Harinder Takhar is No Canadian Obama, but He’s Needed
Considering my last post about the Kathleen Wynne campaign, you would think Harinder Takhar would be my man. He is, after all, the only visible minority out of any of the leadership contenders.
Most of the accusations against him recently are either irrelevant or unfair. I don’t care much for the critiques of how his personal business was run, or if he came to Canada with $7 or $700,000. What I do care about is what all his detractors are saying about him.
Most were surprised he even did this well, entering the convention with 13% of the delegates, more than Hoskins or Sousa, both extremely promising MPs who were expect to fare quite well. Perhaps you could say that we can expect the unexpected from Takhar. And that’s a good thing.
If hospitality suites are any indication, the Takhar camp by far surpassed every single candidate last night. While some wrapped up by 11 p.m., the Takhar party at Mick E Flynns went all the way to 3:30 a.m.
They’re criticizing him for relying heavily on the South Asian community to produce these delegates. There are accusations of people being bussed in, and minorities in cultural garb who don’t speak English flooding the ballots. They’re basically criticizing him for being able to get people to come out.
The Takhar camp has responded by saying that other leadership candidates are not considerably different. Sousa has drawn heavily on Toronto’s Portuguese community, and Puppatello on the Italian. And that is where the Takhar camp has quite a bit of merit. A quick snapshot of the delegates today demonstrate that his supporters are actually a broad cross-section of people, despite including some minorities. Delegates wearing Takhar pins and those attending his hospitality suite last night are decidedly a substantial cross-section of Canadian society, and not any one ethnic community.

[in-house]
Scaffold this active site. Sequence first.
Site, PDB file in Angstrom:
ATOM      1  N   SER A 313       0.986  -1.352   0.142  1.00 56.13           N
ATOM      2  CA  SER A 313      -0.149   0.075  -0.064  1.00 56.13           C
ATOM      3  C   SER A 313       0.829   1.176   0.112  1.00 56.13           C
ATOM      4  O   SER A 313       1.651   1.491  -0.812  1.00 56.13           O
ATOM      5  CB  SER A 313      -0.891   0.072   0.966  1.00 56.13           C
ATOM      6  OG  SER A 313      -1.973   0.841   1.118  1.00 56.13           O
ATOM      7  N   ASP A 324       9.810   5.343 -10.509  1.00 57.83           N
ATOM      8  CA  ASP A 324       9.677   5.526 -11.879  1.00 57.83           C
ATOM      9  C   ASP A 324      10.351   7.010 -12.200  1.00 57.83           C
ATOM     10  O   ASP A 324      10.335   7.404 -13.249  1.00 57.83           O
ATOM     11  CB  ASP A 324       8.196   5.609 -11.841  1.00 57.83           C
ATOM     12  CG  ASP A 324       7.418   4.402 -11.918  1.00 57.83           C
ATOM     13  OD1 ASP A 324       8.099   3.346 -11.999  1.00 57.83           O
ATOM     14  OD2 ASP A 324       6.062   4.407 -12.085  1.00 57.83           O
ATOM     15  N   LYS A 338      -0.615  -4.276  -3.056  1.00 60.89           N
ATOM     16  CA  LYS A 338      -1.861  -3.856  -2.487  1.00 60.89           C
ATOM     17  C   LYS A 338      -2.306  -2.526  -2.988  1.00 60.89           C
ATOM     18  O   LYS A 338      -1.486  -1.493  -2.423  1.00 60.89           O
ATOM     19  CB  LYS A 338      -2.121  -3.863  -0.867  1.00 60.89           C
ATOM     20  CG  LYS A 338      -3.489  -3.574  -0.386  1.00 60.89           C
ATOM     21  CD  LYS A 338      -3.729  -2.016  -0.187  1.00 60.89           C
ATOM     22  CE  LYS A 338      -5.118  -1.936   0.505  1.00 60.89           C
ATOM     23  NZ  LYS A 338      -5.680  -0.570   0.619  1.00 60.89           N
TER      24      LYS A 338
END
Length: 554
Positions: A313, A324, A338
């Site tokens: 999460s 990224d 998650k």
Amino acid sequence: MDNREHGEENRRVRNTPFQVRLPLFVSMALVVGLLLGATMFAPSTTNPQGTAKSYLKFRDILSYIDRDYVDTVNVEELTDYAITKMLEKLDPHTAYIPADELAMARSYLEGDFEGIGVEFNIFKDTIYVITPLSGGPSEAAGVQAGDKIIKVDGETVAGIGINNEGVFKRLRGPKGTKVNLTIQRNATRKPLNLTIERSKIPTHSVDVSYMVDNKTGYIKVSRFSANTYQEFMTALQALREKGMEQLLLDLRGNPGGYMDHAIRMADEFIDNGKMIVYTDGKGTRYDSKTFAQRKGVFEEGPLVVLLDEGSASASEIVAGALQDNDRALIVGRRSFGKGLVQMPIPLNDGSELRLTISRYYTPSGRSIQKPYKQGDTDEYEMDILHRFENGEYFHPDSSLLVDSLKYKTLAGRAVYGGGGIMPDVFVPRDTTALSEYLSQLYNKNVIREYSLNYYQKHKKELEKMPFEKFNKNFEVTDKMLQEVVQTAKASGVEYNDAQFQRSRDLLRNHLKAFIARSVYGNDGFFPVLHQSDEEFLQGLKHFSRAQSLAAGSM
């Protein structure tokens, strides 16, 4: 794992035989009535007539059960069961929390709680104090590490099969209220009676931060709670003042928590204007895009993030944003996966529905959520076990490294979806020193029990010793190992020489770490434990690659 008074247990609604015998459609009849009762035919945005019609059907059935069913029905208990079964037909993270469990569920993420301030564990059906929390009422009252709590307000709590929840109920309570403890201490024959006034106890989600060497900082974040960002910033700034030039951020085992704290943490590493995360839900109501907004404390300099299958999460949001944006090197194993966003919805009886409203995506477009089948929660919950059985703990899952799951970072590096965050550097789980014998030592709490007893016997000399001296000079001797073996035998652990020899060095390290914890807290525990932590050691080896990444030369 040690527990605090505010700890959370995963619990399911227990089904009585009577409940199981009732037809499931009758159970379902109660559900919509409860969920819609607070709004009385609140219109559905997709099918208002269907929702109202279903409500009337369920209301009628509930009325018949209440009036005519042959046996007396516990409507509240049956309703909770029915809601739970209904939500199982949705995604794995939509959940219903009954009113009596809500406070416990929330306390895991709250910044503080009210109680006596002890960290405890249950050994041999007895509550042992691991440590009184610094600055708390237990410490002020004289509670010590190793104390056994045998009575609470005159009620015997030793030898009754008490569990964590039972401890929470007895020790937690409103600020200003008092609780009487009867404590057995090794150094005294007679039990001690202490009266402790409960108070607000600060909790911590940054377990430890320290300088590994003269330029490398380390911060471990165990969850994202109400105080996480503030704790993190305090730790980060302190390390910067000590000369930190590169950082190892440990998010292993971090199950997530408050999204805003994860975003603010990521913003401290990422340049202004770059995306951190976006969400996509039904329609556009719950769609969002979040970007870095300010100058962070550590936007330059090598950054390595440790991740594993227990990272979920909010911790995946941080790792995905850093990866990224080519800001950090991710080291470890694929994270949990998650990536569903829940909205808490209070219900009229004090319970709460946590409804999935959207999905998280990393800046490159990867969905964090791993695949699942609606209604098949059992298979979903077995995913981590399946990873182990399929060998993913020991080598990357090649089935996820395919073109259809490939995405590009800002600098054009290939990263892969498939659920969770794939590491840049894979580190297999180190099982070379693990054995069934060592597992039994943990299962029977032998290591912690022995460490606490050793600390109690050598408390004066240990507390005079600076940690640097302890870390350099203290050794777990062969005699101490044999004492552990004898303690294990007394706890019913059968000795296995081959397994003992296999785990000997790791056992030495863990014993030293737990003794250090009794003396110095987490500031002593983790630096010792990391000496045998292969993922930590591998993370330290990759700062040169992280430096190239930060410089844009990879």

A closer examination of the leadership delegate results does reveal some anomalies. Takhar received nearly half the votes in some ridings like Bramalea—Gore—Malton, Brampton—Springdale and Mississauga—Brampton South as expected. But the interesting numbers are ridings like Dufferin—Caledon, Kitchener—Conestoga, Oshawa and Niagara West—Glanbrook (Hudak’s riding). These are conservative ridings, but Takhar has a disproportionate show in all of these, which added substantially to his delegate count.
In one sense this is a great thing. We can draw on Liberal support in some of the staunchest Conservative ridings. On the other hand, other leadership candidates probably didn’t focus as much on these ridings where less members are present. However, Federal ridings in Ontario have gone predominantly Conservative, and the municipal elections in Toronto have also gone for a right-leaning mayor. Ontario Liberals need to be concerned about holding existing Liberal ridings, and prevent losing them to the Conservatives and NDP.
Supporters among small populations of Liberals in Conservative ridings will not give us that. We need a leader who has strong Liberal support, in Liberal ridings.
Takhar’s significant delegate contingency can easily be a game changer today. Whoever Takhar does end up backing will be sure to appreciate Takhar’s outreach strategies.
Takhar’s ability to reach visible minorities is only a positive thing. We need a dozen more Takhars in the party doing the same thing. But we need a Premier who can lead all Ontarians, not just certain communities. Although I’d love to see Ontario’s first visible minority Premier, Takhar is no Barack Obama.